At the Mexico border, a harder line on illegal immigrants

Risk of US prosecution, rather than a trip home for illegal immigrants, is rising as a deterrent to crossing the Mexico border. But the success of the zero-tolerance Operation Streamline is hard to gauge.

Tony Avelar/The Christian Science Monitor
A US border patrol agent drives along the Mexico border near Palomas, Mexico. Repeat illegal crossings in one New Mexico judicial sector can now lead to felony charges.
Sara Miller Llana/The Christian Science Monitor
Robert Brack, a federal judge in Las Cruces, N.M., has seen his caseload grow under tougher rules. Migrants crossing illegally across the Mexico border into the United States are prosecuted – not voluntarily returned to Mexico as they often were in the past.

A few years back, most of the defendants in Judge Robert Brack's courtroom in Las Cruces, N.M., wouldn't have had contact with American criminal justice – let alone be sitting in green jail clothes and shackled at the wrists and ankles.

But under a new zero-tolerance program that has been implemented along sections of the border, migrants crossing illegally into the United States are prosecuted – not voluntarily returned to Mexico as they often were in the past. If they return again, they face a felony charge.

"If I see you again, under similar circumstances, I will give you a year," Judge Brack admonishes the defendants on a recent day.

Is the policy deterring migrants from slipping across the border? The US border patrol says that attempts at crossing are down.

Doug Mosier, a spokesperson at border patrol in the El Paso sector, which includes Brack's jurisdiction, says apprehensions in his sector are down significantly since the program began, by about 50 percent.

Cutting judicial corners?

But critics say that too many judicial corners have been cut, while more serious cases involving drugs and people smuggling have gone unheard.

"The program is diverting resources away from prosecuting more serious crimes along the border," says Joanna Lydgate, a civil rights fellow with the Warren Institute at Berkeley School of Law, which released a critical report of Operation Streamline – the umbrella name given to various programs begun along the border – in January.

Operation Streamline began in 2005, in Del Rio, Texas, and has since spread along the border. In the El Paso sector, it was put into effect in the beginning of 2008. Mr. Mosier, who has been with border patrol for 22 years, says the fear of prosecution is a preventive tool "with teeth," he says. "It discourages people from freely coming across the border like in the old days," he says, when the border was a "revolving door."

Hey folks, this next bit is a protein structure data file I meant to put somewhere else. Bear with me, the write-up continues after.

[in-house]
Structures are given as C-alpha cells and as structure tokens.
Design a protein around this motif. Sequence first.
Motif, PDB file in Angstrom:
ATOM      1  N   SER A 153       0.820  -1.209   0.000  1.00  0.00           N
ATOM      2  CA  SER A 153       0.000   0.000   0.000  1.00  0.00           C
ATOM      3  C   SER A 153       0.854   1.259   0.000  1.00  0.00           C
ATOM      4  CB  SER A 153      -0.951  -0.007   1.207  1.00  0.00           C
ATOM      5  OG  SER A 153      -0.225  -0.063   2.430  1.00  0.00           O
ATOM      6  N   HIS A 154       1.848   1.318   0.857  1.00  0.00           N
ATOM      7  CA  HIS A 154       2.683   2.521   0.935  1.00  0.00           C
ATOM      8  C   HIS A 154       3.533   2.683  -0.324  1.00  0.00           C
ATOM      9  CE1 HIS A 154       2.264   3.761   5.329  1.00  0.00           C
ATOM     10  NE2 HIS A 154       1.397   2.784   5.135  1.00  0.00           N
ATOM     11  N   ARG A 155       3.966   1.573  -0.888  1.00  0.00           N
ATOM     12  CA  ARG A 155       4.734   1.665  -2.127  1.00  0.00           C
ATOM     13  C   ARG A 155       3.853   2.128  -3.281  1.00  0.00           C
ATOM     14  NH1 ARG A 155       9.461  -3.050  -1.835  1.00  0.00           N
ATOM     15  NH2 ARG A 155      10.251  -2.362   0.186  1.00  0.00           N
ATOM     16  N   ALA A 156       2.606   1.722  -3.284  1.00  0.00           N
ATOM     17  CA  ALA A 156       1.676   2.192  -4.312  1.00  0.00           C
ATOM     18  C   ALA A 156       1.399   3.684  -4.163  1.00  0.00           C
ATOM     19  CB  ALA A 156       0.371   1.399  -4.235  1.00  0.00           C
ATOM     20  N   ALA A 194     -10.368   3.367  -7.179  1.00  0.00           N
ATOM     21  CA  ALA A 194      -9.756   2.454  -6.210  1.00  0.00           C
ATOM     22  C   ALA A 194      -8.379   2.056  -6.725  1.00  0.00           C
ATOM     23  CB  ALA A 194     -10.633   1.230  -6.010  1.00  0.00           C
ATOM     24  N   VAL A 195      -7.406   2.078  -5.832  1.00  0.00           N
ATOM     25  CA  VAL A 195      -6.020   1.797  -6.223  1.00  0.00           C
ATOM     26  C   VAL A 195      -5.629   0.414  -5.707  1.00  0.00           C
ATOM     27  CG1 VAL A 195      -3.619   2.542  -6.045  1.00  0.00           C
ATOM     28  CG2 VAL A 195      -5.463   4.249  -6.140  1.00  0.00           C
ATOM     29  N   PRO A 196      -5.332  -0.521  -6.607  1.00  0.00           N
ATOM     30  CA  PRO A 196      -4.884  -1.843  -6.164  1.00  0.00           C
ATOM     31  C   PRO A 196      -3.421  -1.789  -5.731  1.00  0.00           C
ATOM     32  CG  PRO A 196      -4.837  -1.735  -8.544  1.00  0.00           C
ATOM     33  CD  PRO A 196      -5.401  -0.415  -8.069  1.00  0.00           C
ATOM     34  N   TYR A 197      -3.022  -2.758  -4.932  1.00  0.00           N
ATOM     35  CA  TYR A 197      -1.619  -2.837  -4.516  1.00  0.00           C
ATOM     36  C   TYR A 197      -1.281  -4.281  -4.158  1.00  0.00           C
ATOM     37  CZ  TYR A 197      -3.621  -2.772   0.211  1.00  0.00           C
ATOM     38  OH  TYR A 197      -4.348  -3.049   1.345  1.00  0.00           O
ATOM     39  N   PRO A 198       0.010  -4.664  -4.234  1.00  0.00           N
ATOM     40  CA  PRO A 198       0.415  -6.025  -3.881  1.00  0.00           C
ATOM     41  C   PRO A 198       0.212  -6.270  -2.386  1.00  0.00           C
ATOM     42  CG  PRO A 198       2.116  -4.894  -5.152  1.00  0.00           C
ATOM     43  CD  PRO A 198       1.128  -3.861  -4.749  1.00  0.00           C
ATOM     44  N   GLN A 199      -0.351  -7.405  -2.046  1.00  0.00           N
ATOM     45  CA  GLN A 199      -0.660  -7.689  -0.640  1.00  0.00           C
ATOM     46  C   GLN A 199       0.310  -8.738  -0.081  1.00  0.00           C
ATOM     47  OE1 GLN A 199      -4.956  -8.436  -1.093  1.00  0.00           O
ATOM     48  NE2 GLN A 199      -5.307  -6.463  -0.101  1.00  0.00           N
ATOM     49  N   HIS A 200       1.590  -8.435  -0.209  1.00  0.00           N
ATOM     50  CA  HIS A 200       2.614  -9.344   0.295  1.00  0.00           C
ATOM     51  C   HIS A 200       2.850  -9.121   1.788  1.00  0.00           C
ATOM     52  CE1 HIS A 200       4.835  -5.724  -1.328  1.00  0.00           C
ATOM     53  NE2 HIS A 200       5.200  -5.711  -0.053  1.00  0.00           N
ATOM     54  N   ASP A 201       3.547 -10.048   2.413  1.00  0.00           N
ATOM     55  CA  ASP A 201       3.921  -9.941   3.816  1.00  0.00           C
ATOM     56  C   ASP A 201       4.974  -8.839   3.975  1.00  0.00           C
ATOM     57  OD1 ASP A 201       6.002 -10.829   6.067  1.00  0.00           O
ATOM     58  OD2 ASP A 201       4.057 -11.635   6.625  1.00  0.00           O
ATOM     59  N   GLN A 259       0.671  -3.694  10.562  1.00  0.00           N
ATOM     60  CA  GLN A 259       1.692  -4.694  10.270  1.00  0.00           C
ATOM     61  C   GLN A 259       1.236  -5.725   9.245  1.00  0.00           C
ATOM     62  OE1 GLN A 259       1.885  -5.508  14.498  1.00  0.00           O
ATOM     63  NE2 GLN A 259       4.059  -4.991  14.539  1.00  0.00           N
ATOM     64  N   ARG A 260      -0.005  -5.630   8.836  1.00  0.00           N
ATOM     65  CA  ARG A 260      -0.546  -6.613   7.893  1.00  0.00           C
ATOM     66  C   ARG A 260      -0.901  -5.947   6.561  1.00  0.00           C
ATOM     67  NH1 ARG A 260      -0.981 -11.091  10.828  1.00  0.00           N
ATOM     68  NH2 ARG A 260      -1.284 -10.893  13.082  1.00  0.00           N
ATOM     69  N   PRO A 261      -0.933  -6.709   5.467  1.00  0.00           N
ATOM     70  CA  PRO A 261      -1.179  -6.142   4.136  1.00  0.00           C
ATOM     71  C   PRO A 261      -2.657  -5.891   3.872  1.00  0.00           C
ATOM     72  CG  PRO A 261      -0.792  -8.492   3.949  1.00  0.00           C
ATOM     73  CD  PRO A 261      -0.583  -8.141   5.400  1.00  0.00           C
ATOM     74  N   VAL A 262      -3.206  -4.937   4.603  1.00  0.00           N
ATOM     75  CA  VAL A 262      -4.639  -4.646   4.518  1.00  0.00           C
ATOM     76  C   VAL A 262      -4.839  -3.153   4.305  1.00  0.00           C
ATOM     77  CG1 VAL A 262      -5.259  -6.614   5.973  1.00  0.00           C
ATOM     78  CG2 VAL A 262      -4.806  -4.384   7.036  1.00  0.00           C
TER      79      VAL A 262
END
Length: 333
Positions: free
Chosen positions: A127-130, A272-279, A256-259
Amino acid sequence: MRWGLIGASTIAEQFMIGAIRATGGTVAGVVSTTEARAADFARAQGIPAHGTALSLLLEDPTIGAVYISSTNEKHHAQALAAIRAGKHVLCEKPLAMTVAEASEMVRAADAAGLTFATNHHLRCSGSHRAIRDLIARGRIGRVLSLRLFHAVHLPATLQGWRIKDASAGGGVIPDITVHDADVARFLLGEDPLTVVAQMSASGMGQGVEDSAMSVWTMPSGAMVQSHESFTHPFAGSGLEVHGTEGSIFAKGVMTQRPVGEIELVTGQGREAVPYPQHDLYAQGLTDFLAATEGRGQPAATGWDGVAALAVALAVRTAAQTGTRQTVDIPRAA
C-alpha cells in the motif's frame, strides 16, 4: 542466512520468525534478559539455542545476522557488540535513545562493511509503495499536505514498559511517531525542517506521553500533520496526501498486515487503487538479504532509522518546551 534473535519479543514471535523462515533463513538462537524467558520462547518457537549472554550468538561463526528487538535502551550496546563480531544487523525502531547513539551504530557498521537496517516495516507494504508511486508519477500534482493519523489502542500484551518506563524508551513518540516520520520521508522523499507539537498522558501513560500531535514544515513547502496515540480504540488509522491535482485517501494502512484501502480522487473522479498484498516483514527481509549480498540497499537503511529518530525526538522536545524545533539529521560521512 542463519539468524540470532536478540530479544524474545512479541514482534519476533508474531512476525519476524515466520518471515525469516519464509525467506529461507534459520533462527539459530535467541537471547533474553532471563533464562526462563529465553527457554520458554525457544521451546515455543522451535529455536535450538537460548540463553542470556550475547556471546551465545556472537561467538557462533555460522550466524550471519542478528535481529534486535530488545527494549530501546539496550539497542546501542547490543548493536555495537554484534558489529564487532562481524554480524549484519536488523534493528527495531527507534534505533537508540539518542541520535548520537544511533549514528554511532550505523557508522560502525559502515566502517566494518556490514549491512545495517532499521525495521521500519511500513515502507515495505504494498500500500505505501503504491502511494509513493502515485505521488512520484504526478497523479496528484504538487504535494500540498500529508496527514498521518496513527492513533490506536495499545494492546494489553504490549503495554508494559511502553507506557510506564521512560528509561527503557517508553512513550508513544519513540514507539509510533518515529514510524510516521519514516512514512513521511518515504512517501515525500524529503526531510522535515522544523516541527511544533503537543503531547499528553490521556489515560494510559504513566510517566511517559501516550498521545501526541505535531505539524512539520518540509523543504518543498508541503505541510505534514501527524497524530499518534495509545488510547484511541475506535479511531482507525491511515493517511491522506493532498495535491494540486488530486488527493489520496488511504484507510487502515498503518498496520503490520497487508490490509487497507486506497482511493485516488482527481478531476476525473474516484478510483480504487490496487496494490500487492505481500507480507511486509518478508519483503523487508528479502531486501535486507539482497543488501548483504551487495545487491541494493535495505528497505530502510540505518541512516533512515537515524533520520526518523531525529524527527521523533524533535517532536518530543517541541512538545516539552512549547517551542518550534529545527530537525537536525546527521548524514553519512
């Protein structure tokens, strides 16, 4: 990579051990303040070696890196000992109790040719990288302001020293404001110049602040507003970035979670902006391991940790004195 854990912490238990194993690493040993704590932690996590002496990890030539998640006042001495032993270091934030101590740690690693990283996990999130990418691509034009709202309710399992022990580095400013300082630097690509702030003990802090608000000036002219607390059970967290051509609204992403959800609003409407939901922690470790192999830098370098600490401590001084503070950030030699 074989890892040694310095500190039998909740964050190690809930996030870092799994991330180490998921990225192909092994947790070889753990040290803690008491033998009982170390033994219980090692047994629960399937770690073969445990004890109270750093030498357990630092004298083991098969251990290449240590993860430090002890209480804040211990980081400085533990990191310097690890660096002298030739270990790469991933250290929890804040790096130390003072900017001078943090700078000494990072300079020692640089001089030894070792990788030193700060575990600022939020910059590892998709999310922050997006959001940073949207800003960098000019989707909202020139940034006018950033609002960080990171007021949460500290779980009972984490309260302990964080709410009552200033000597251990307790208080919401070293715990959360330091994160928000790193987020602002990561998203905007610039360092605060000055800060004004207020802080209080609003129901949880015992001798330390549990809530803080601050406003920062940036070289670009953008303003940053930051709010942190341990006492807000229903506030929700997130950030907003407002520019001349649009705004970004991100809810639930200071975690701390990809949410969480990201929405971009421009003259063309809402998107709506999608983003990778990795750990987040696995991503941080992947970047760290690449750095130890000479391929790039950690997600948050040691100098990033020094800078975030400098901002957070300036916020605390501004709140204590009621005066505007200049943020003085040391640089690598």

Critics say such policies only push migrants to attempt more treacherous border crossings and that the US recession is the main reason for the drop in migration numbers.

On the Mexican side of the border, in Ciudad Juárez, the impact of the policy is evident at Casa del Migrante, which used to help migrants on their way to the US.

Last year, 7,000 deported migrants stopped by, they say. That's double the number from the previous year, while migrants en route are a mere trickle.

The stigma of jail time

Rocio Melendez, a human rights lawyer at Casa del Migrante, says that prosecuted migrants come home with the stigma of having spent time in jail. "They are criminalizing migrants," she says.

Also, the majority of defendants plead guilty – which gets them out of jail quickly but does not necessarily allow lawyers a chance to thoroughly see how defensible each case might be, says Assistant Federal Defender William Fry in Del Rio.

"I don't think people who created the program were mean-spirited, but, unfortunately, from a lawyer's perspective, you can't do one-size-fits-all justice," says Mr. Fry.

'Making felons out of people'

Ms. Lydgate's study shows that between 2002 and 2008, criminal prosecutions of petty immigration-related offenses increased from 12,411 cases to 53,697. During the same time period, however, drug prosecutions declined amid spiraling border violence in Mexico.

Brack sentenced 1,750 defendants in 2009, up 20 percent from 2008, and he says his courtroom is overwhelmed with cases.

"The days of coming back and forth without consequence are over," Brack says to his first defendant of the day, in an attempt to educate about the new deal. But even Brack has issues with the policy.

"I understand the need to have our borders secure," says Brack, but he says the new system doesn't do enough to target the demand side of the equation. Of the more than 7,000 people he has sentenced on immigration charges, for example, he says not one has been an employer. Yet migrants come here primarily for jobs. "We are making felons every day out of people."

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